That is remarkable and requires the sort of self-discipline and ambition that most Welsh writers will never have. It’s the same self-discipline that enables Tim to be immensely prolific but not formulaic. He is always striving to be a better writer, to improve his technique. He’s a shining example of what ought to be possible for a Welsh writer but isn’t, either because we don’t really believe in ourselves or because we are being deliberately held back by the narrow aspirations of the Welsh literary ‘establishment’.

And this is something I simply don’t understand. Writers like Tim Lebbon and David Langford and the utterly brilliant Alastair Reynolds are bona fide Welsh success stories. But they are still ignored by the Welsh establishment. I can understand why the establishment ignores me: it’s probably because I’m a troublemaker (I’m not really; I’m just interested in unpalatable truths). But a writer like Tim should be a boon to them, a touchstone, someone to be proud of. And yet he isn’t. And the same is even truer for Alastair Reynolds.

I doubt that Tim cares much about this. His eyes are on bigger things than acknowledgement by the Welsh 'literati'. And yet, it seems a shame to me that the Welsh still seem to neglect or despise success. It’s a good way of keeping our country small and insignificant. Whether the prime movers of the Welsh literary establishment like Tim's work is irrelevant: they should still be interested in his success. They should be interested in mine too, frankly. And why the hell hasn’t Alsadair Reynolds been awarded a golden leek mounted on a platinum plinth or something for his services to Wales?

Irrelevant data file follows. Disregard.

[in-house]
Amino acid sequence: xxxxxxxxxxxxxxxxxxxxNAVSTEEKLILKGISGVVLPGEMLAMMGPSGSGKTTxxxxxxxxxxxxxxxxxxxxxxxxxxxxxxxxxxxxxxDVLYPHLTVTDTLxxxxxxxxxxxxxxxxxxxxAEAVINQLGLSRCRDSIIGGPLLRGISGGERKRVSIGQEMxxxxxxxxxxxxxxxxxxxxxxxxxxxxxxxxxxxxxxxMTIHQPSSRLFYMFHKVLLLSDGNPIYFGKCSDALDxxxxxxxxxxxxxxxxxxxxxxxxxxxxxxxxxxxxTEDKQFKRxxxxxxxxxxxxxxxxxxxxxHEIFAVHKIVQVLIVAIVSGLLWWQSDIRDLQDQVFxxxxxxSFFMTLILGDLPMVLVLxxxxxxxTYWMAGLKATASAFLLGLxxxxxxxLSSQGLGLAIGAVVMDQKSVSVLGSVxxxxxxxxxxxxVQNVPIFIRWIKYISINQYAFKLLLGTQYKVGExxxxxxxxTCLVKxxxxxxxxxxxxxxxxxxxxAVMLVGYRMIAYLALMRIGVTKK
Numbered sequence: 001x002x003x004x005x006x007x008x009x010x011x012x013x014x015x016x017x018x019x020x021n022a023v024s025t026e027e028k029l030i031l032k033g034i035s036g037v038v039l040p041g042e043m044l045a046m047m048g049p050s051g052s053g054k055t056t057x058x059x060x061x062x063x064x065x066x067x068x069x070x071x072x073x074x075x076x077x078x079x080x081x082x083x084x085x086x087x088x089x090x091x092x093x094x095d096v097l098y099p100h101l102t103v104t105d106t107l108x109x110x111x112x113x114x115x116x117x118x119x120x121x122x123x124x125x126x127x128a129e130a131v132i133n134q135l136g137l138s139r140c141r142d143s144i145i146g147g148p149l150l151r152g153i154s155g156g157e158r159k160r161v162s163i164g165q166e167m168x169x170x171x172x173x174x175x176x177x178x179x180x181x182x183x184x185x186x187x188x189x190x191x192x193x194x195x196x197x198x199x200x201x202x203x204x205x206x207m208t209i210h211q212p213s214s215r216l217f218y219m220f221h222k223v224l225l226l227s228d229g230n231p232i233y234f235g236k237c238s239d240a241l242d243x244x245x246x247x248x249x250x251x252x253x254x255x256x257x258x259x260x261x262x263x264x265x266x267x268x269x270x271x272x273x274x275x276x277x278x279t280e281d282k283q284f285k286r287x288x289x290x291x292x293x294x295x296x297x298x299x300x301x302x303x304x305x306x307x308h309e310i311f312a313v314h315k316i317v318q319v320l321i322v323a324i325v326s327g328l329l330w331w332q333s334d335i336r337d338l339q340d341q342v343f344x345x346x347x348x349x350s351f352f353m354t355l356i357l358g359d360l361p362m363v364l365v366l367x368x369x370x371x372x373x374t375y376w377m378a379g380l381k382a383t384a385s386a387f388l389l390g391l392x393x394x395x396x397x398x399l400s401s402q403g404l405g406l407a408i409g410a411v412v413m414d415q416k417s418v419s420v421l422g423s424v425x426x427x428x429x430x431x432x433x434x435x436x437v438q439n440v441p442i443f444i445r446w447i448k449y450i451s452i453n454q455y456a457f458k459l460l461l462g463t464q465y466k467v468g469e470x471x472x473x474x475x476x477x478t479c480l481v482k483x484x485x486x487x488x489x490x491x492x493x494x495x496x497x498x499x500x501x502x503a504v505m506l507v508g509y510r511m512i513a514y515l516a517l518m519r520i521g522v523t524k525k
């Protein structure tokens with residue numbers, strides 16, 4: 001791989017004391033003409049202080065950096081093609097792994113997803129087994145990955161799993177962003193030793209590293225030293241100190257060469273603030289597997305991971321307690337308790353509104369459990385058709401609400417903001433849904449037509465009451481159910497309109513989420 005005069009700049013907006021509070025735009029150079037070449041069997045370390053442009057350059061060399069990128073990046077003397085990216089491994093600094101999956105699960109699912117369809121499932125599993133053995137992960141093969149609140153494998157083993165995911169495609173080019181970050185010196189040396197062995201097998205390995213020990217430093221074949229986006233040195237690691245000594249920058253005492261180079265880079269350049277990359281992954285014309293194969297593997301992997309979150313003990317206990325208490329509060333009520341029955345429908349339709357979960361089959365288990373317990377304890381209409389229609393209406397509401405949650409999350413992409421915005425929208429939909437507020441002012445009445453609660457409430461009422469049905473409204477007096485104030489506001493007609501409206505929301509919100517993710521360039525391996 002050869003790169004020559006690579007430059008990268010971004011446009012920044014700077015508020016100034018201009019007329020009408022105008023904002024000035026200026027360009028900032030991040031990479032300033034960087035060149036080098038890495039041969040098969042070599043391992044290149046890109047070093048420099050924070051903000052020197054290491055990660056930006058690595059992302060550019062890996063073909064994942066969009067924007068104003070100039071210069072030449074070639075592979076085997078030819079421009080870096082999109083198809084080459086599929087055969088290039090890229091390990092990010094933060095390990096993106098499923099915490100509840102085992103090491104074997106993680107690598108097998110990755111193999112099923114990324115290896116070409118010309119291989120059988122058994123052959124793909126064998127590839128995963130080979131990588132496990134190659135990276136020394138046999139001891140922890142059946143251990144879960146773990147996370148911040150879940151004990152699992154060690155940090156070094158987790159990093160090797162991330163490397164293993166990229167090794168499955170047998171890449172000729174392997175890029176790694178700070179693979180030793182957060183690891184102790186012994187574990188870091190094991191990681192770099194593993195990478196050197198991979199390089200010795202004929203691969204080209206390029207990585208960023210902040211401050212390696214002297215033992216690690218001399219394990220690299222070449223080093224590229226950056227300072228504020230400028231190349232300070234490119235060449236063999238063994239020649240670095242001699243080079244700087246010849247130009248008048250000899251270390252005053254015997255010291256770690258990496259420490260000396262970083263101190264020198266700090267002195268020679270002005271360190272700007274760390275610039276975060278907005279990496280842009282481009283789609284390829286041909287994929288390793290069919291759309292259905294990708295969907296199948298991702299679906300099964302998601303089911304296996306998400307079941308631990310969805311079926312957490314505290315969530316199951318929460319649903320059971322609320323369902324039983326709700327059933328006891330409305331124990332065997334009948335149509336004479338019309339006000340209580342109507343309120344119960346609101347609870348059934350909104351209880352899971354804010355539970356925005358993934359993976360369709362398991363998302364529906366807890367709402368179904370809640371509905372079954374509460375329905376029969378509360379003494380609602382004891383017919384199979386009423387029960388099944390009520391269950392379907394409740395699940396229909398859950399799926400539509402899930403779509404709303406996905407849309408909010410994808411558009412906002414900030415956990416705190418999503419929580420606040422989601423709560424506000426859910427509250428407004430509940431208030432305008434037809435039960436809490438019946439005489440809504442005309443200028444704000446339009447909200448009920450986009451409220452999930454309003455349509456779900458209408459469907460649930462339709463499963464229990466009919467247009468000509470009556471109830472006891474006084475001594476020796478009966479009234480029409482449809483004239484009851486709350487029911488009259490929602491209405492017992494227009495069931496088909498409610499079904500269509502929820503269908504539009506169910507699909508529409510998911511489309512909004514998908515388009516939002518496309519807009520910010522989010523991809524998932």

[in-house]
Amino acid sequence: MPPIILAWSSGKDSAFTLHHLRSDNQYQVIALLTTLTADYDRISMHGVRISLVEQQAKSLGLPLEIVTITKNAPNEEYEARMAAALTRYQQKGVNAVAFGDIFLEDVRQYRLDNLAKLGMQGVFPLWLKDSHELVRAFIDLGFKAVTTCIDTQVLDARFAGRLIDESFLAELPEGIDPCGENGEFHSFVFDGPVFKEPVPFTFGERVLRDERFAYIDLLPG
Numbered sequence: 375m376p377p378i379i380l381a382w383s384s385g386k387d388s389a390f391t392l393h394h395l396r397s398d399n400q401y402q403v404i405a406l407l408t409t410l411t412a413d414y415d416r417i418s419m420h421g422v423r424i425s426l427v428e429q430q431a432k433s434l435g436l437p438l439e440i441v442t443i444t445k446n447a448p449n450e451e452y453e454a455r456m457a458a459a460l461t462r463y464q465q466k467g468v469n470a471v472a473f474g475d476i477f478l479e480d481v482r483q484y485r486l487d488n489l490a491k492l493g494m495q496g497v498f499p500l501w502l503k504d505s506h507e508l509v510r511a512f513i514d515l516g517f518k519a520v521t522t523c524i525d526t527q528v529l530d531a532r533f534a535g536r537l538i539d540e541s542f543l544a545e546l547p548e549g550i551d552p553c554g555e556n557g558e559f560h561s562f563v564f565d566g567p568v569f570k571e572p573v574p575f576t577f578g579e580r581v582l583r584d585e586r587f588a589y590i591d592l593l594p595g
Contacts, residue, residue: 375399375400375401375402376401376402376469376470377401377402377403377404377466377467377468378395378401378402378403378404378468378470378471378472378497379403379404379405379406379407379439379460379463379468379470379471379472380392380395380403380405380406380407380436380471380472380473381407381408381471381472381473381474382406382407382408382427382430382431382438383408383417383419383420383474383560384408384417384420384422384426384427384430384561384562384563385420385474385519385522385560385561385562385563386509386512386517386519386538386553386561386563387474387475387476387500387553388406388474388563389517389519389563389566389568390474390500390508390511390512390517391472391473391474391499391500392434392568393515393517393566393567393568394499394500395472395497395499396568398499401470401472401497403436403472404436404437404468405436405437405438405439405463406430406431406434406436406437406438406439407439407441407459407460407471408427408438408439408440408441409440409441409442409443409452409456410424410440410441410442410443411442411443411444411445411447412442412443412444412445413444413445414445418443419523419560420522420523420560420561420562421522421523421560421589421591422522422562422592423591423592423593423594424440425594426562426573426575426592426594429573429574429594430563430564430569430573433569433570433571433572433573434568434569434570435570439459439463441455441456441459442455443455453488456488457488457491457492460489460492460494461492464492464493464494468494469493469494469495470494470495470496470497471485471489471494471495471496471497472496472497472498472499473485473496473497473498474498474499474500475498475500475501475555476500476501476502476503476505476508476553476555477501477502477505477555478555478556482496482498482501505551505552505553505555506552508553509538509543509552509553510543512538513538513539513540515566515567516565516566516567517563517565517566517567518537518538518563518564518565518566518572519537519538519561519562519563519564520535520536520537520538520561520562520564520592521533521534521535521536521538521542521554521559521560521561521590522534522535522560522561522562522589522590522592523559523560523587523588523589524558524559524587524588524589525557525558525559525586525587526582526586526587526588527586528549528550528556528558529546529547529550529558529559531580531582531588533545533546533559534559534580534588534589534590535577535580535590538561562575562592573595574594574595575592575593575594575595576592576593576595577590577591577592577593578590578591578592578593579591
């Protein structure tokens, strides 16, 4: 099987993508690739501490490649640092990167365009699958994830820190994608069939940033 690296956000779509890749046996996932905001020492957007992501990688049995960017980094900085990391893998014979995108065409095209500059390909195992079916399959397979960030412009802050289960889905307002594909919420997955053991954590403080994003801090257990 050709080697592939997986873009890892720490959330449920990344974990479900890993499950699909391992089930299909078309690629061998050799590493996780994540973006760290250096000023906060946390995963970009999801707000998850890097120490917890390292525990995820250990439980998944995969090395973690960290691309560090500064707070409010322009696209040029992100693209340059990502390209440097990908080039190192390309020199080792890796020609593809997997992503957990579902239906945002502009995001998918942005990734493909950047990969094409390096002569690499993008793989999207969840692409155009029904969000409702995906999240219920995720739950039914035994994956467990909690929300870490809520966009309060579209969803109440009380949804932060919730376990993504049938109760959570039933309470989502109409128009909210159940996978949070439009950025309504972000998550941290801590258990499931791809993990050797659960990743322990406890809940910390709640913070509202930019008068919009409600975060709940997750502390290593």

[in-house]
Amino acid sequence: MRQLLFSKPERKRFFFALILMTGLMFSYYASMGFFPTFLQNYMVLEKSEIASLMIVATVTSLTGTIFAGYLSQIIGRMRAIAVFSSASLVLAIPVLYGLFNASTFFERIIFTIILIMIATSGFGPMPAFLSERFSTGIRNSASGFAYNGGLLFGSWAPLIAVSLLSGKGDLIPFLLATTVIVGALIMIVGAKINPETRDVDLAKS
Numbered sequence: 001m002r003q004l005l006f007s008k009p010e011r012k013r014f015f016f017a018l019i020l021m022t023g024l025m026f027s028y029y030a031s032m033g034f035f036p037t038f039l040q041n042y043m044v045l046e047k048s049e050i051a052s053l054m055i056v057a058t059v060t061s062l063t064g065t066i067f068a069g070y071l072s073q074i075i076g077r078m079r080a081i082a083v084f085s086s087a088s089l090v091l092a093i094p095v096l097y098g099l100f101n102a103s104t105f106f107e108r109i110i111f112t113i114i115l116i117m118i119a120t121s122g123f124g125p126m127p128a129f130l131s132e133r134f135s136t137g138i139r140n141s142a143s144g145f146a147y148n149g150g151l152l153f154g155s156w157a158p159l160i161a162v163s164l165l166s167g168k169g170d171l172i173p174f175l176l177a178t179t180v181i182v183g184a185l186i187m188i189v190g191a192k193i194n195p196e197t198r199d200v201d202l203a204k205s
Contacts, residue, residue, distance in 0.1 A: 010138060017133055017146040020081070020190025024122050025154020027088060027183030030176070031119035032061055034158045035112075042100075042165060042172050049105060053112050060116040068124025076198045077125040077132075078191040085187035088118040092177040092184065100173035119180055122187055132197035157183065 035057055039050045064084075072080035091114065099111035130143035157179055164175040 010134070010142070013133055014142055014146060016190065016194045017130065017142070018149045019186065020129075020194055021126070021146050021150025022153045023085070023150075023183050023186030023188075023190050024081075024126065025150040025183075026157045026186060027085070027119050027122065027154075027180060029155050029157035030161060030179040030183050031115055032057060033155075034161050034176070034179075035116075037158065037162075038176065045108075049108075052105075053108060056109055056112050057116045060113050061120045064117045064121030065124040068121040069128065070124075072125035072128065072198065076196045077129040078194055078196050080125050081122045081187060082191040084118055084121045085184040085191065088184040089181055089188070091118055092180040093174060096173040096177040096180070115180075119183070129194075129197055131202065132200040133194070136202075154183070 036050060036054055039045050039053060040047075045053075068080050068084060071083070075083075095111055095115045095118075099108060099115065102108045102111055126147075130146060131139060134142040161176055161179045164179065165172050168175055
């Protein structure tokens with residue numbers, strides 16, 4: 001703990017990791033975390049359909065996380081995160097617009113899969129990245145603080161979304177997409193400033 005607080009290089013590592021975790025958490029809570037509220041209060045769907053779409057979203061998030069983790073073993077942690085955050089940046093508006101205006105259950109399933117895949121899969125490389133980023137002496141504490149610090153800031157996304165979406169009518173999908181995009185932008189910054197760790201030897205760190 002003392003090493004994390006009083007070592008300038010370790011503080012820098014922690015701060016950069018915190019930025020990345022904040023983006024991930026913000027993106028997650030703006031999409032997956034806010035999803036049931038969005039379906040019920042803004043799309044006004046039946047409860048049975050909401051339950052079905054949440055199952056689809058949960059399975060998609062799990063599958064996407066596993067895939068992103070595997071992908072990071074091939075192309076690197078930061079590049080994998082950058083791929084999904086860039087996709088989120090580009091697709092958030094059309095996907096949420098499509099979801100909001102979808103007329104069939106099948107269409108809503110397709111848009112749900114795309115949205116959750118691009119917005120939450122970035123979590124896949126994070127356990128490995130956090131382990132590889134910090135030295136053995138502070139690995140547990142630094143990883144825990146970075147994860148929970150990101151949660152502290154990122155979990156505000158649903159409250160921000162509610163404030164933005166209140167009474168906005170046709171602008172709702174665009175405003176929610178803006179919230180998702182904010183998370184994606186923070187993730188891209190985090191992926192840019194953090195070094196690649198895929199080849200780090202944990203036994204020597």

No, for some reason the Welsh establishment wants to ignore the real ambassadors of Welsh literary culture. The truly successful Welsh writers are unknown to them. In the same ungrateful and short-sighted way they have always deliberately downplayed Arthur Machen, a figure of international standing, in favour of social realist idiots like Lewis Jones (who?). And yes, I know that Parthian Books have recently started republishing Machen's books, but it’s too little, too late. Machen shouldn’t have been an afterthought; he should have been in the very top rank of authors to head Parthian’s ‘Library of Wales’ series.

Wales likes its writers to be small, provincial, thick. If Nigel Jenkins (who?) farts in the bath until the water turns the colour of Brains SA, that’s a worthwhile endeavour in the eyes of the Welsh literary establishment! If Robert Minhinnick (who?) stutters his way through a bland poem in a bland tent in a bland festival to a bland audience of four bland people, that’s literary news! If Rachel Trezise (who?) slips on valley vomit and drops her bottle of cheap cider, that’s a cultural event! No, it’s not.